Germany declares Internet access a basic right

In the last chapter of “On Internet Freedom,” I note that at least four nations have declared access to the Internet to be a fundamental right. Add Germany to the list.

 A top German court has ruled that people can sue their Internet providers for damages if connection is lost. The court has ruled that access to the Internet represents a basic need in modern society.

The complaint that brought about the ruling came from a man who lost his Internet connection for two months due to an administrative error caused by a takeover of his Internet provider by another company. He is now entitled to monetary compensation – and while the amount may not be very high, the ruling reflects an important shift. With it, Germany’s Federal Court of Justice has stated that Internet connection is a modern necessity, on par with the right to mobility.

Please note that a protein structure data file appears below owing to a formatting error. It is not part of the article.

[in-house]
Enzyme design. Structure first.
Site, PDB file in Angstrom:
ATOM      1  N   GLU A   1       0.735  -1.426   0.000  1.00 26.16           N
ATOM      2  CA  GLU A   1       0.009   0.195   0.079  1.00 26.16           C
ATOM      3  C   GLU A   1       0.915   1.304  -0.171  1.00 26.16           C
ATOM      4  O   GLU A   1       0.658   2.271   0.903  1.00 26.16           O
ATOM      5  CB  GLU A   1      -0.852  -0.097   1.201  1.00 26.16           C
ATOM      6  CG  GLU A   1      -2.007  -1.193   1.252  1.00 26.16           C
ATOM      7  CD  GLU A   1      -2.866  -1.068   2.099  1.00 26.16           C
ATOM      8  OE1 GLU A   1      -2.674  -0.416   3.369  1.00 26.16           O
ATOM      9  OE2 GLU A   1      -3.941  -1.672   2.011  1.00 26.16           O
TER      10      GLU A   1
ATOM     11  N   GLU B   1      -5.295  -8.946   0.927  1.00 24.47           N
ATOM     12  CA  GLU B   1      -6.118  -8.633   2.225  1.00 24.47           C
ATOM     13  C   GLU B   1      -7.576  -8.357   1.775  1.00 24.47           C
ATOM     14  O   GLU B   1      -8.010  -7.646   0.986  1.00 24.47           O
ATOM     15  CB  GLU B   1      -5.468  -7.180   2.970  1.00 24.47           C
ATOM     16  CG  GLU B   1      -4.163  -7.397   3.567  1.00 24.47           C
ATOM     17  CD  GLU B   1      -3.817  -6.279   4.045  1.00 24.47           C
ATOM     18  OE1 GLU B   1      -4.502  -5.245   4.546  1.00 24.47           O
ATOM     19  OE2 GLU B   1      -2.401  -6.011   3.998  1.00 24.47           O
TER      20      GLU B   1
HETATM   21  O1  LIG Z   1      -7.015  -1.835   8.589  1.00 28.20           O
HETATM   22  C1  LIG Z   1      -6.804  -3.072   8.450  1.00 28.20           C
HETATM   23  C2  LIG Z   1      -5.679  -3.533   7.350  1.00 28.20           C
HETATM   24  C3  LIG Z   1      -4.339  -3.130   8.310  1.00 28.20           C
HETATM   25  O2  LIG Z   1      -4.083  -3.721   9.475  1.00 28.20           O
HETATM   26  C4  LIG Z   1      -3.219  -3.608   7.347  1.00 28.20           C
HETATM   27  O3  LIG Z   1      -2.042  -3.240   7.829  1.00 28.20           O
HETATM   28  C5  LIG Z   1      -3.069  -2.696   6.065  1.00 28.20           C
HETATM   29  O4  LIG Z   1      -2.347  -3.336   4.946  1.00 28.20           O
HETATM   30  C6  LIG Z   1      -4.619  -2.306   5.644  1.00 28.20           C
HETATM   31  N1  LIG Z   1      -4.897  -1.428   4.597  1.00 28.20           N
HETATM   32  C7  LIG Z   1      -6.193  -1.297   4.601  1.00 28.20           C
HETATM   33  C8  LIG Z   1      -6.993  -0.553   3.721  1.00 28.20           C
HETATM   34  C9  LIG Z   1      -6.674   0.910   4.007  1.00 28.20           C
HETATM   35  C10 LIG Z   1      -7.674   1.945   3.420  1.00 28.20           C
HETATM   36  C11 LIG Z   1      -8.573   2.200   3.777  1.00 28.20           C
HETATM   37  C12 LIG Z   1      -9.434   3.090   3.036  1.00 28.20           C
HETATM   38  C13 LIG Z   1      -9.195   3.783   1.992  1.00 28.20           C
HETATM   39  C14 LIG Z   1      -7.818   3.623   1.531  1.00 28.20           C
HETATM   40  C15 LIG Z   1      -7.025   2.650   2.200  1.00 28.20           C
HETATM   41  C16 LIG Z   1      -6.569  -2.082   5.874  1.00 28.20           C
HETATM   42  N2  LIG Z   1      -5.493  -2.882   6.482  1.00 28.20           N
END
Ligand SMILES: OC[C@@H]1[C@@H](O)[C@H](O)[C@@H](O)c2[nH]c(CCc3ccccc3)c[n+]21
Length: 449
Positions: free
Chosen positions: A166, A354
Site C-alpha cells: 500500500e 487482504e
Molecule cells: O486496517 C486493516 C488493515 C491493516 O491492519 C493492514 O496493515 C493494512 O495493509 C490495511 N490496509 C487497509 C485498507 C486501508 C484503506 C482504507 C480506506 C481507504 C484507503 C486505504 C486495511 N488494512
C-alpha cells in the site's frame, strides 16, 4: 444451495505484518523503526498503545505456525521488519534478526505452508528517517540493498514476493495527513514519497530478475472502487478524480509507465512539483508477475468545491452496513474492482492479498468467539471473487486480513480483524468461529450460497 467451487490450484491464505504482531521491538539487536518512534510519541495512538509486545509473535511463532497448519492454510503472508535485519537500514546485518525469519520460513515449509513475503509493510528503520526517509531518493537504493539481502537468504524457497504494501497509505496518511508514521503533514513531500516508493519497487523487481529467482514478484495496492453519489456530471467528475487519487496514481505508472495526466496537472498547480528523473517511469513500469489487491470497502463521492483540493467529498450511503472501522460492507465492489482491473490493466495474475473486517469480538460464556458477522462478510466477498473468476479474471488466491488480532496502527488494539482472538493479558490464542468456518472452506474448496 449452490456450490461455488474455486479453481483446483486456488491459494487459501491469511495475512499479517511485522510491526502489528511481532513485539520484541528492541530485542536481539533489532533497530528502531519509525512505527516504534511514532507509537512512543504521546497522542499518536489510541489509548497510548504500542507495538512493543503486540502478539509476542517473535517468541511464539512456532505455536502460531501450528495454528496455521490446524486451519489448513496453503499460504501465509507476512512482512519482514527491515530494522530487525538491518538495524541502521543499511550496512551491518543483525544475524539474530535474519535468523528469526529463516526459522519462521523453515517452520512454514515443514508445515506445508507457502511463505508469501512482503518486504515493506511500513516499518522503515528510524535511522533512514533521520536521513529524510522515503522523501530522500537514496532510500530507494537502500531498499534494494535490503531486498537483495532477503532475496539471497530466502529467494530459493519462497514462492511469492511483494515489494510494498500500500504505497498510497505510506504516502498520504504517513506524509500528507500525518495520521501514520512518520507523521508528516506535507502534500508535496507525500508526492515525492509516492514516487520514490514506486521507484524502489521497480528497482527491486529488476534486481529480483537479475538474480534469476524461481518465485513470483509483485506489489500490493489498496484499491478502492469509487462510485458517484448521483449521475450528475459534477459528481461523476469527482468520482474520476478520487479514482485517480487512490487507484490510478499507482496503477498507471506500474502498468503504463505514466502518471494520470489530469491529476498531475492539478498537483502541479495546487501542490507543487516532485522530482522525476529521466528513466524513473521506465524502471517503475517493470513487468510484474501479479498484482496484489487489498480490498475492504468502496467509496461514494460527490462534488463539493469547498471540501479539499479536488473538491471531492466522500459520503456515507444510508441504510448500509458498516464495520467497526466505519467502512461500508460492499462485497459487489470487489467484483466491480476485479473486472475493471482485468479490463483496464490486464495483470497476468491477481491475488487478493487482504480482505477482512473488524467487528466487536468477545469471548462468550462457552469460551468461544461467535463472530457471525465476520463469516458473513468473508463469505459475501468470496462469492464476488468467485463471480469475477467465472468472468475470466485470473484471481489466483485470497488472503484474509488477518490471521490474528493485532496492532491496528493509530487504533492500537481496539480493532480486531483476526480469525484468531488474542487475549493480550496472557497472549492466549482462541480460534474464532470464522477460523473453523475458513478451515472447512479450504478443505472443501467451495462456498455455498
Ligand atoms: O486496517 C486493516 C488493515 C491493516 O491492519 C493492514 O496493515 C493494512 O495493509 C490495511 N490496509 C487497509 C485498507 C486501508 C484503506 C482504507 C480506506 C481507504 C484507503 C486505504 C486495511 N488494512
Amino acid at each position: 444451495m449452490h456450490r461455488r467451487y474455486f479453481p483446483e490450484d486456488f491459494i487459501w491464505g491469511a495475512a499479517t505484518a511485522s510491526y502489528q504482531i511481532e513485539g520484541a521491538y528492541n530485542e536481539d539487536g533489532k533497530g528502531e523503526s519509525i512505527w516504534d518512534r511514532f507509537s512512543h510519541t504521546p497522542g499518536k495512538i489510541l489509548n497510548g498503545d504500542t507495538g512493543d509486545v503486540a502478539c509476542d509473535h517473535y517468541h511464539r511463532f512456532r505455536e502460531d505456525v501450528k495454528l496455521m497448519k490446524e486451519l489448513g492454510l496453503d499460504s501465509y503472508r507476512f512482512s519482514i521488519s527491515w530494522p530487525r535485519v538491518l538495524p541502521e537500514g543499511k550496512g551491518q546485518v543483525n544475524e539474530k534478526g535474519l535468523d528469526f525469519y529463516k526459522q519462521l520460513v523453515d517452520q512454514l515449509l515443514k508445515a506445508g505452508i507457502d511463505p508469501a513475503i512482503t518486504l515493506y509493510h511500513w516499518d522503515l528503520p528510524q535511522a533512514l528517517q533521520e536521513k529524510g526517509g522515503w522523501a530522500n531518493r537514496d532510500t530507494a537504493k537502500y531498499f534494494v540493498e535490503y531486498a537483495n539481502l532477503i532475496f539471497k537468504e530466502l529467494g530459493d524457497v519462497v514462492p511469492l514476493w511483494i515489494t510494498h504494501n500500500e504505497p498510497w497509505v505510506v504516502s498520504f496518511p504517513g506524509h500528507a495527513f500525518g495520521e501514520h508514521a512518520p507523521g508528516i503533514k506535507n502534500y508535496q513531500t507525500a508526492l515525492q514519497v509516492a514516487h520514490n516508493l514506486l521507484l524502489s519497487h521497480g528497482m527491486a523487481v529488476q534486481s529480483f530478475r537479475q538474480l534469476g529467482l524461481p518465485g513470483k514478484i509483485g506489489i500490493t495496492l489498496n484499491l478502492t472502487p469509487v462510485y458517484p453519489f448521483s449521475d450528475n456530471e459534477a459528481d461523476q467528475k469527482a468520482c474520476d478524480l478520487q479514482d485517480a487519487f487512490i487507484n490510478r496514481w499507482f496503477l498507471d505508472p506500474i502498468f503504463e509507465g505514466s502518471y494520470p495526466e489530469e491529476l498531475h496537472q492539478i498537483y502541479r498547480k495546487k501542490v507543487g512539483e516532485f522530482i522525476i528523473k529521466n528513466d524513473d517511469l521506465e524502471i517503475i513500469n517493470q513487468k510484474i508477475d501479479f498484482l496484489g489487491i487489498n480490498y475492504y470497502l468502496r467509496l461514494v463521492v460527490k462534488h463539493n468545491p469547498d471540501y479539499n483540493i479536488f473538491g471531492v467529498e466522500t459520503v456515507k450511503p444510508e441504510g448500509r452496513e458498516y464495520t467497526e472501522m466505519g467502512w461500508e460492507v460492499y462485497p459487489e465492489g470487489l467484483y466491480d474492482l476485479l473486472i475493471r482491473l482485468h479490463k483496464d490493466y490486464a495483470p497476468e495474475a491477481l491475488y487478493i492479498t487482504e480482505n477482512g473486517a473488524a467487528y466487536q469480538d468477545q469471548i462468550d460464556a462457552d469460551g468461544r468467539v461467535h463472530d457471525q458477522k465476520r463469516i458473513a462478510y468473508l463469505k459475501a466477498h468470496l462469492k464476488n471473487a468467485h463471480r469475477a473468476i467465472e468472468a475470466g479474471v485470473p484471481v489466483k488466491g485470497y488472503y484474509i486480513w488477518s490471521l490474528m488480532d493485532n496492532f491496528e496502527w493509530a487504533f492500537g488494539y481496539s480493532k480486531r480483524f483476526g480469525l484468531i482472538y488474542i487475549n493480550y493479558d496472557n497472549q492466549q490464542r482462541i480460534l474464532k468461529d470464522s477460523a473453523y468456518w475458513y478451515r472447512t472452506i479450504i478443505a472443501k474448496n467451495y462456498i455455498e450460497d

The court compared the situation to a car owner claiming damages after someone else has caused an accident that renders the car unusable for some time.

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